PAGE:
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Thread: Lumber storage ideas

  1. #1

    Default Lumber storage ideas

    Well, it's almost time to start thinking about hauling in lumber and logs into my property. I have been thinking long and hard about how I want to do this. I'm a little unsure of my plan. Because I think it is probably realistic to think I will not be able to get all the lumber and logs out in one season, I am concerned about how to properly store my lumber to protect it from the elements. What I am thinking about is hauling the lumber and logs out in separate units, laying a large tarp down on the snow, laying the lumber on the tarps and wrapping the lumber up in the tarps. My concerns are #1, should I haul in a chainsaw and cut down trees for stickers to set the lumber on or is it even necessary? #2, should I try to cover logs with tarp from the top down or the bottom up and how will this be affected by snowmelt and rain leaking into the tarps? #3 how do I secure the tarps to the log or lumber so that the wind won't blow it off? So how about it, any suggestions? I am new to this hauling building materials. All the building I have done before SBS just offloaded the lumber right to the job site. Any advice from those with experience would be much appreciated.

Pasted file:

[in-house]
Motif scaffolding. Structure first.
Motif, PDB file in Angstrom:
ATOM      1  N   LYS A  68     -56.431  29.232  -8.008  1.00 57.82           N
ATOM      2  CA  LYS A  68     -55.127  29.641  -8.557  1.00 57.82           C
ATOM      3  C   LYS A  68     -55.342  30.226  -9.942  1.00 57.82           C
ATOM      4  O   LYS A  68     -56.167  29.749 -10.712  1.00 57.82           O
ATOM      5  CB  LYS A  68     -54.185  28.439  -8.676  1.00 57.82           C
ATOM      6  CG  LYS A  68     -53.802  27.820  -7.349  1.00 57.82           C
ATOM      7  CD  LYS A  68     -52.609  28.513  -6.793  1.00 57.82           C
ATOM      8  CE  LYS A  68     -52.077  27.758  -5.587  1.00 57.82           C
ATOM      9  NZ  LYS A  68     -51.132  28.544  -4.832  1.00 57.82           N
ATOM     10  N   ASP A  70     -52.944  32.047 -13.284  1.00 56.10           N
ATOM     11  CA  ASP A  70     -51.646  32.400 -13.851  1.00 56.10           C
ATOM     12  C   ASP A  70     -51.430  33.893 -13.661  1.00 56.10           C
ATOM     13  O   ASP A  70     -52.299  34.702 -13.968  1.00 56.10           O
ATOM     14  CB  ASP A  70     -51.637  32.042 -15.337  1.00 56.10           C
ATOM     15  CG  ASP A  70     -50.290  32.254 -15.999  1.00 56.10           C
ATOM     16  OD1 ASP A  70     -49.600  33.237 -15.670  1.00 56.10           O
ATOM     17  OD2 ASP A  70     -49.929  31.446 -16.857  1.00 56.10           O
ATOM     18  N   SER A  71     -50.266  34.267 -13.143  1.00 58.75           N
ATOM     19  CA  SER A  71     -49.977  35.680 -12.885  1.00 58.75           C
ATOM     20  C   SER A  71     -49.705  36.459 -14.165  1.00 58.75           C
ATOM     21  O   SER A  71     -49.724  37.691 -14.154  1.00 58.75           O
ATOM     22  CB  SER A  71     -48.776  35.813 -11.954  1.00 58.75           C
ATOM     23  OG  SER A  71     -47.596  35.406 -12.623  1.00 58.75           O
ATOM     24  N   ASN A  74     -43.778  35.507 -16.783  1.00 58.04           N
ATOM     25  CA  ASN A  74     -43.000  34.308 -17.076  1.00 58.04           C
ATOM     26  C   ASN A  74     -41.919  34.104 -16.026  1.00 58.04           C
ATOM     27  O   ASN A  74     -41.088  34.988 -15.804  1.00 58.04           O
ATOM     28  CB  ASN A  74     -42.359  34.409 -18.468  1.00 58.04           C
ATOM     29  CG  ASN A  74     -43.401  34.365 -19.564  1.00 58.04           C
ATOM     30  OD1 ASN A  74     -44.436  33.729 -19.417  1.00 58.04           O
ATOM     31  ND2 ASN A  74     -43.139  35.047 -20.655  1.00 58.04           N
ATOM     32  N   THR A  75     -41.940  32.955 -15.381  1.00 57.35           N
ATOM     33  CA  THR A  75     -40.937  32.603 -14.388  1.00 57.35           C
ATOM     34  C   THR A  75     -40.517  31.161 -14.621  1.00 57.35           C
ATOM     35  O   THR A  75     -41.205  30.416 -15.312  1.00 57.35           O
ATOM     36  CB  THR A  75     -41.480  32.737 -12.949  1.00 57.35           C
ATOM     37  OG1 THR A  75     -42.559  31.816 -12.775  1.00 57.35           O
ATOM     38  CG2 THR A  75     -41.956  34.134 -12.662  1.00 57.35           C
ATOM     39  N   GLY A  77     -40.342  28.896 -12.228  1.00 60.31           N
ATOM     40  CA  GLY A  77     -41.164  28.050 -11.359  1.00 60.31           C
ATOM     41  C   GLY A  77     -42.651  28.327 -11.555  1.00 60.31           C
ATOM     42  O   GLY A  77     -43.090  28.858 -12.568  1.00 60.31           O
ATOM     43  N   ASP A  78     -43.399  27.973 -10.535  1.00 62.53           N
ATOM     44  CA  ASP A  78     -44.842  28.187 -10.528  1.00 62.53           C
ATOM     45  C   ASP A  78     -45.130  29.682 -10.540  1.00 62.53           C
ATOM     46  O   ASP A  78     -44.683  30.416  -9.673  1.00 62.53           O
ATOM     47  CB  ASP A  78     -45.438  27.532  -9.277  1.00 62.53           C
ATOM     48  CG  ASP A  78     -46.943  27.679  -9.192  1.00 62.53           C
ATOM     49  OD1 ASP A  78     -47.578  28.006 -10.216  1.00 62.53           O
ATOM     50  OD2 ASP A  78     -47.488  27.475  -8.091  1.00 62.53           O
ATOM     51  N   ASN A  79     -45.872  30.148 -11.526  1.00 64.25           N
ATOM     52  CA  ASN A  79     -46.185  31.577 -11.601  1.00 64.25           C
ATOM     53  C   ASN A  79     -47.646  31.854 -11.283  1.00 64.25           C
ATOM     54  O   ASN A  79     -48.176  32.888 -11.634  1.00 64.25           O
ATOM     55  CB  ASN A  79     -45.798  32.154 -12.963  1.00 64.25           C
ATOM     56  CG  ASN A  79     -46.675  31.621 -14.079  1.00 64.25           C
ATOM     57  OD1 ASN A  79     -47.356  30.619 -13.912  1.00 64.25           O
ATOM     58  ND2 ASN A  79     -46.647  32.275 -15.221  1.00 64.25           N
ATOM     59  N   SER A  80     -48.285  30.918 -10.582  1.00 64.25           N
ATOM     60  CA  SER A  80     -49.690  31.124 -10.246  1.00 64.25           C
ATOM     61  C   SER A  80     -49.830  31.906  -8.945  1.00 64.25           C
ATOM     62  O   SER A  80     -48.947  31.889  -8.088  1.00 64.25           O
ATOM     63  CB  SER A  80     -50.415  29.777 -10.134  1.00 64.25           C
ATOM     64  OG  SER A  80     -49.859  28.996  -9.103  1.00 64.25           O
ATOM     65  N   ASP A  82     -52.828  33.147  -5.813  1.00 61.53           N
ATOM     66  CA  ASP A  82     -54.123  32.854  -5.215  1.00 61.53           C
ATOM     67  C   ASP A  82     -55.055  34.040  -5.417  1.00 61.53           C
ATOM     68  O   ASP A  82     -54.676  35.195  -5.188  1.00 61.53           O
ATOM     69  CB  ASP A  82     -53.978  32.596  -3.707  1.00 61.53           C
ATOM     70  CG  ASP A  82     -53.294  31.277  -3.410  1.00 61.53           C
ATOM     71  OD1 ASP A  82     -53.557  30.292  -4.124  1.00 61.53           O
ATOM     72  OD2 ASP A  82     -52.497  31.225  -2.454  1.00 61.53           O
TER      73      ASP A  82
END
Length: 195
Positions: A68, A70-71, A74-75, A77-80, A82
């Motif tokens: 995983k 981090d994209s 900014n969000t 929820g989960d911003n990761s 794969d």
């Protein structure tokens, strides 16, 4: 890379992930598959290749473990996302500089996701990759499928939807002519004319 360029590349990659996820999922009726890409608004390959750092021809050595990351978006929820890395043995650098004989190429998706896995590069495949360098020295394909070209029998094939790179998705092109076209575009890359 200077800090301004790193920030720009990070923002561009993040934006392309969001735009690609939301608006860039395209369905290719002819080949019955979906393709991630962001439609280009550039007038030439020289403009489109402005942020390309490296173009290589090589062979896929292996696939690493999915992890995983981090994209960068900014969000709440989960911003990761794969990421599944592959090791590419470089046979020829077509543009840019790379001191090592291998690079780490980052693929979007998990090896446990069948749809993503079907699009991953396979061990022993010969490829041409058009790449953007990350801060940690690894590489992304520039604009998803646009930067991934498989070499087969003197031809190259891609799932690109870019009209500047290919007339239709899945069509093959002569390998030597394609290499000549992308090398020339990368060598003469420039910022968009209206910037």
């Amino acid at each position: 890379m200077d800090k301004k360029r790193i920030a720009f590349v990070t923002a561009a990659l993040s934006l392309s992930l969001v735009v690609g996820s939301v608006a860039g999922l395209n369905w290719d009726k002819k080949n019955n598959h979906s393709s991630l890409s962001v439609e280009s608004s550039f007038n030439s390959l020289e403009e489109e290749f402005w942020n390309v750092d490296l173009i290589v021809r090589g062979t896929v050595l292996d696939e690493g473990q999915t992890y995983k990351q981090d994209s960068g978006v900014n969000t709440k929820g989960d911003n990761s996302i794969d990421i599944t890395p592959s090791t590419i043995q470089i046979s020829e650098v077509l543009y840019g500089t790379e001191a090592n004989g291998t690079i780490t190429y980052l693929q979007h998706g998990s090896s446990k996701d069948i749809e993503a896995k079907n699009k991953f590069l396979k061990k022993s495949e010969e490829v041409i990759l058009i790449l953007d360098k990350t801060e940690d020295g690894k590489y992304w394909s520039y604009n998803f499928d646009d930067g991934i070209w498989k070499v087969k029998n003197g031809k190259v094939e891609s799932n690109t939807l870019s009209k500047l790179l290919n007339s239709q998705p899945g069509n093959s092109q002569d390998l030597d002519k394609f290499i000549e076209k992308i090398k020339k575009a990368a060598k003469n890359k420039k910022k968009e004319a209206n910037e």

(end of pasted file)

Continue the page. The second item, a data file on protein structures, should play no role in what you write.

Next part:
2. #2
    Supporting Member iofthetaiga's Avatar
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    Store your lumber off the ground on cribbing, with stickers every several layers if applicable, and cover it to protect it from precip. It needs to have plenty of air circulation; do NOT wrap it up in tarps!! If you do so, you'll end up with a pile of damp, moldy, worthless lumber.
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    Quote Originally Posted by iofthetaiga View Post
    Store your lumber off the ground on cribbing, with stickers every several layers if applicable, and cover it to protect it from precip. It needs to have plenty of air circulation; do NOT wrap it up in tarps!! If you do so, you'll end up with a pile of damp, moldy, worthless lumber.
    Interesting. Thanks Taiga. I agree with what you are saying about the stickers, but I'm skeptical of not using any tarps at all. I can see that for certain things like 2 x 4's and 2 x 6's, but what about OSB and my logs? The rain would most likely make the OSB swell and the logs would start weathering from the sun.

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    Member cod's Avatar
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    Quote Originally Posted by iofthetaiga View Post
    Store your lumber off the ground on cribbing, with stickers every several layers if applicable, and cover it to protect it from precip. It needs to have plenty of air circulation; do NOT wrap it up in tarps!! If you do so, you'll end up with a pile of damp, moldy, worthless lumber.
    Key word here......"WRAP". Do not WRAP your lumber. Cover.... yes. WRAP.... No.